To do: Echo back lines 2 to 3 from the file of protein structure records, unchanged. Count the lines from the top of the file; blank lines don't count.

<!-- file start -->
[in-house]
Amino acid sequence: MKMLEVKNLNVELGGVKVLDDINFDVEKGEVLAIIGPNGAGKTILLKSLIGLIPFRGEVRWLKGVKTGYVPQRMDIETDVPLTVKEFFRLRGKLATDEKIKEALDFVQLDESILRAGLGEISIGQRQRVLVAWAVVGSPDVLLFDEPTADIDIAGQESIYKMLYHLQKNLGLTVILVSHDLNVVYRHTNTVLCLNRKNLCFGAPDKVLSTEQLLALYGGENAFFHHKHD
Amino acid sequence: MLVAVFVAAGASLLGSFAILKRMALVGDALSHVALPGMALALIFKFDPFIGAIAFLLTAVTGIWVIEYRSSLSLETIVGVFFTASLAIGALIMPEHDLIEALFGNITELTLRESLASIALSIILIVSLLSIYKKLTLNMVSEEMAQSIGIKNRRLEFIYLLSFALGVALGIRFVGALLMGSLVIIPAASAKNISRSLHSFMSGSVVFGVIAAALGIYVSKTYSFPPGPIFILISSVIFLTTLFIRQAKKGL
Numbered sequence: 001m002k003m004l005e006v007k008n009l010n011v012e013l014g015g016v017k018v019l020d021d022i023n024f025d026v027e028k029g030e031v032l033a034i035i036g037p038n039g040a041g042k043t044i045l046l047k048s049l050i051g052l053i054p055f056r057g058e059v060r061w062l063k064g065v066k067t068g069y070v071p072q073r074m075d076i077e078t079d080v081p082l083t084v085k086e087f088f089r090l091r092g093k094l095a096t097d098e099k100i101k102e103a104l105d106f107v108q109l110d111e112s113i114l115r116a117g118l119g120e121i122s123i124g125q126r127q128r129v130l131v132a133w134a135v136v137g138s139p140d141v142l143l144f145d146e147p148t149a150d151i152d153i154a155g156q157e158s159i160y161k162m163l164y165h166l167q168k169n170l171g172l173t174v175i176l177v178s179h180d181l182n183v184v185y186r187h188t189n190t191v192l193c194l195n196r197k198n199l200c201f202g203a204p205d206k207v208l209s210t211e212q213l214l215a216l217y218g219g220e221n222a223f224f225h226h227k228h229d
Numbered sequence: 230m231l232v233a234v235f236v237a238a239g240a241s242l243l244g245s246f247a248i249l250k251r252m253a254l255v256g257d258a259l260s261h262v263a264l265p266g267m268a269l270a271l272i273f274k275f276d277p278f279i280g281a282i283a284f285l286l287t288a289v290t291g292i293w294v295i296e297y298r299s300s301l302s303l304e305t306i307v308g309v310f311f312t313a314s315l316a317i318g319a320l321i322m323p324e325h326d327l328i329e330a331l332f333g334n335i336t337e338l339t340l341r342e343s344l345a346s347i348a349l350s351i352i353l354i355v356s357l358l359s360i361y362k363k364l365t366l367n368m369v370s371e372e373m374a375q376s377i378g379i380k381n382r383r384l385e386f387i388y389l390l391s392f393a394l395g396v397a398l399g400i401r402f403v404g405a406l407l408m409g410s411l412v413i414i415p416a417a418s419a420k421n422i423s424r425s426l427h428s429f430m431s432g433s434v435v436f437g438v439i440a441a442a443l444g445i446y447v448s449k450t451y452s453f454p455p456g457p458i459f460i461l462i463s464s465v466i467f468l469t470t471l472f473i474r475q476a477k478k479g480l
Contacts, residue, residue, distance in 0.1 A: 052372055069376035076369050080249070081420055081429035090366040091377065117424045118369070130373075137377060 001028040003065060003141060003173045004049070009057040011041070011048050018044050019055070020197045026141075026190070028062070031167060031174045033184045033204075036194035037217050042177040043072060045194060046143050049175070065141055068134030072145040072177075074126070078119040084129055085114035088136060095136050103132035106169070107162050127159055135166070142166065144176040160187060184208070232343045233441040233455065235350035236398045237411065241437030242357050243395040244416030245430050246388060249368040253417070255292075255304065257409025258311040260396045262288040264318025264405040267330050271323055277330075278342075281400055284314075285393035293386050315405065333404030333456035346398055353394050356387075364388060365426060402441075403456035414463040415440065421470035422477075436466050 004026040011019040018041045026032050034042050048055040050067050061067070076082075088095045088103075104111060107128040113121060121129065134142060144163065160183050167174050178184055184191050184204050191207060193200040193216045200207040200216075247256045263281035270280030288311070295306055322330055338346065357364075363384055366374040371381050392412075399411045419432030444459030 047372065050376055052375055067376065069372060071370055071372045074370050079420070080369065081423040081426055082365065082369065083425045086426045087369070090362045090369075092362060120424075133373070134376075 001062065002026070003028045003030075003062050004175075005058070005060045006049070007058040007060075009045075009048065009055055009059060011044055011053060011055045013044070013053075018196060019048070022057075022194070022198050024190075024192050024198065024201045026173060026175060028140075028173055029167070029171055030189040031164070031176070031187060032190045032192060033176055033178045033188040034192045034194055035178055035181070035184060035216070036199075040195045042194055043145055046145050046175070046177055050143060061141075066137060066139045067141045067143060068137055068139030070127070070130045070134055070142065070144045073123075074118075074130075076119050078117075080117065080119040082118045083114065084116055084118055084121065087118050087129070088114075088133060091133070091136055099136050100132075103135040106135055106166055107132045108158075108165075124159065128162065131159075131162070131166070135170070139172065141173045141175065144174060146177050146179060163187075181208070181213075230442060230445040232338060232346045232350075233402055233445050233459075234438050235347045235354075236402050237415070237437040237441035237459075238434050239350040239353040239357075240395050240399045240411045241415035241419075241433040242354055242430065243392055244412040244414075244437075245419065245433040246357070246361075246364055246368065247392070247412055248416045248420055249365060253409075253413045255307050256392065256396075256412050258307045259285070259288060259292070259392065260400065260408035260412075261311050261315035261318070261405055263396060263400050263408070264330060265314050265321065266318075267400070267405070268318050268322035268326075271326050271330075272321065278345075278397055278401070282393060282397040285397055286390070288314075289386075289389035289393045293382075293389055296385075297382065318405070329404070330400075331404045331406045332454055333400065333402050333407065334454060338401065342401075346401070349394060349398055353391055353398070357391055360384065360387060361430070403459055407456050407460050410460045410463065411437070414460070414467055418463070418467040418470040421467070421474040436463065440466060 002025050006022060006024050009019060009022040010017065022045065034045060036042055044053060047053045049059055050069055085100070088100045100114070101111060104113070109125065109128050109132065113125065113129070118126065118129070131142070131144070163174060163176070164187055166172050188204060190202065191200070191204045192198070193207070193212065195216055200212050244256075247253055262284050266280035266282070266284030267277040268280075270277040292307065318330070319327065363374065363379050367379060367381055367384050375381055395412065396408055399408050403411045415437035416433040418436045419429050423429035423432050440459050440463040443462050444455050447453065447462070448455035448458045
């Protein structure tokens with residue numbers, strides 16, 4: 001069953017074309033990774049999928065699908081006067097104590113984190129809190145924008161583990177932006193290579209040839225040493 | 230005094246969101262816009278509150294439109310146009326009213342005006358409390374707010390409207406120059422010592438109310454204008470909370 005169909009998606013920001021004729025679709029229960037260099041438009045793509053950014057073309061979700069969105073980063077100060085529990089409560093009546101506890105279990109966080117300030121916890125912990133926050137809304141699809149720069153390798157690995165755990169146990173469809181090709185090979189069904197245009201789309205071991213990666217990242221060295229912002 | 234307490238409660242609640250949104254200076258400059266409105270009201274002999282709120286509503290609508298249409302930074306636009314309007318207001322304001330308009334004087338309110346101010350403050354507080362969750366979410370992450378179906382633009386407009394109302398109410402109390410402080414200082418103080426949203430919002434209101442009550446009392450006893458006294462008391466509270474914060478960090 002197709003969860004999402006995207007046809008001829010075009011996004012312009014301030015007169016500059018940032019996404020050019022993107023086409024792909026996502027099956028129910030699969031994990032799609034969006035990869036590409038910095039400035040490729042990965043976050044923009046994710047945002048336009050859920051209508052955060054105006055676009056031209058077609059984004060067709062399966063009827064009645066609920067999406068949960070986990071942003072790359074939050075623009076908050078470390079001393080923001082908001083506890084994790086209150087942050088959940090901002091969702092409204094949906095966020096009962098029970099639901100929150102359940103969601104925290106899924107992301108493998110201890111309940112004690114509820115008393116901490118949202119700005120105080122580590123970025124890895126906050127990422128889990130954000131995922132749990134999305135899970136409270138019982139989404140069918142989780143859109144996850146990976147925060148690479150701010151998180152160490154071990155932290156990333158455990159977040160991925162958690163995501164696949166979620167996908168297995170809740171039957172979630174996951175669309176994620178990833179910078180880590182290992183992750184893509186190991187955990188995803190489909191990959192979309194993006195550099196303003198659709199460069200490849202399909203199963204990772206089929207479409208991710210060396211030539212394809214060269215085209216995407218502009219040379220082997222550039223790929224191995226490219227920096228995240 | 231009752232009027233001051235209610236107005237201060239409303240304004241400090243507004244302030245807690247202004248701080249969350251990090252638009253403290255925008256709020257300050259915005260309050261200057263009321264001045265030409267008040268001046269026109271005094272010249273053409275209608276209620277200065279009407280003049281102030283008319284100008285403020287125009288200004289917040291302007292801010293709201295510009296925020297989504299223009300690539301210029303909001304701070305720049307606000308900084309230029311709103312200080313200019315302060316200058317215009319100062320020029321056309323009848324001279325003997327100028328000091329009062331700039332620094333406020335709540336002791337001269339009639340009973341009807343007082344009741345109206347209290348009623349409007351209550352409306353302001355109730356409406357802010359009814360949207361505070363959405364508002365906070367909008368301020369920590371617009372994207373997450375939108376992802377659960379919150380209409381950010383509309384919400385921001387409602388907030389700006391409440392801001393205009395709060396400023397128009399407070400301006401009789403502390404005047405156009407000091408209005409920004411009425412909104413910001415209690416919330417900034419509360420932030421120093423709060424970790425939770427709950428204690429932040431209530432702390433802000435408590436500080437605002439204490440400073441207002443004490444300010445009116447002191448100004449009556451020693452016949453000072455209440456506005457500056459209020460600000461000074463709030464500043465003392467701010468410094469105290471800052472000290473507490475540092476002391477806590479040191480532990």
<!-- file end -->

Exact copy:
Amino acid sequence: MKMLEVKNLNVELGGVKVLDDINFDVEKGEVLAIIGPNGAGKTILLKSLIGLIPFRGEVRWLKGVKTGYVPQRMDIETDVPLTVKEFFRLRGKLATDEKIKEALDFVQLDESILRAGLGEISIGQRQRVLVAWAVVGSPDVLLFDEPTADIDIAGQESIYKMLYHLQKNLGLTVILVSHDLNVVYRHTNTVLCLNRKNLCFGAPDKVLSTEQLLALYGGENAFFHHKHD
Amino acid sequence: MLVAVFVAAGASLLGSFAILKRMALVGDALSHVALPGMALALIFKFDPFIGAIAFLLTAVTGIWVIEYRSSLSLETIVGVFFTASLAIGALIMPEHDLIEALFGNITELTLRESLASIALSIILIVSLLSIYKKLTLNMVSEEMAQSIGIKNRRLEFIYLLSFALGVALGIRFVGALLMGSLVIIPAASAKNISRSLHSFMSGSVVFGVIAAALGIYVSKTYSFPPGPIFILISSVIFLTTLFIRQAKKGL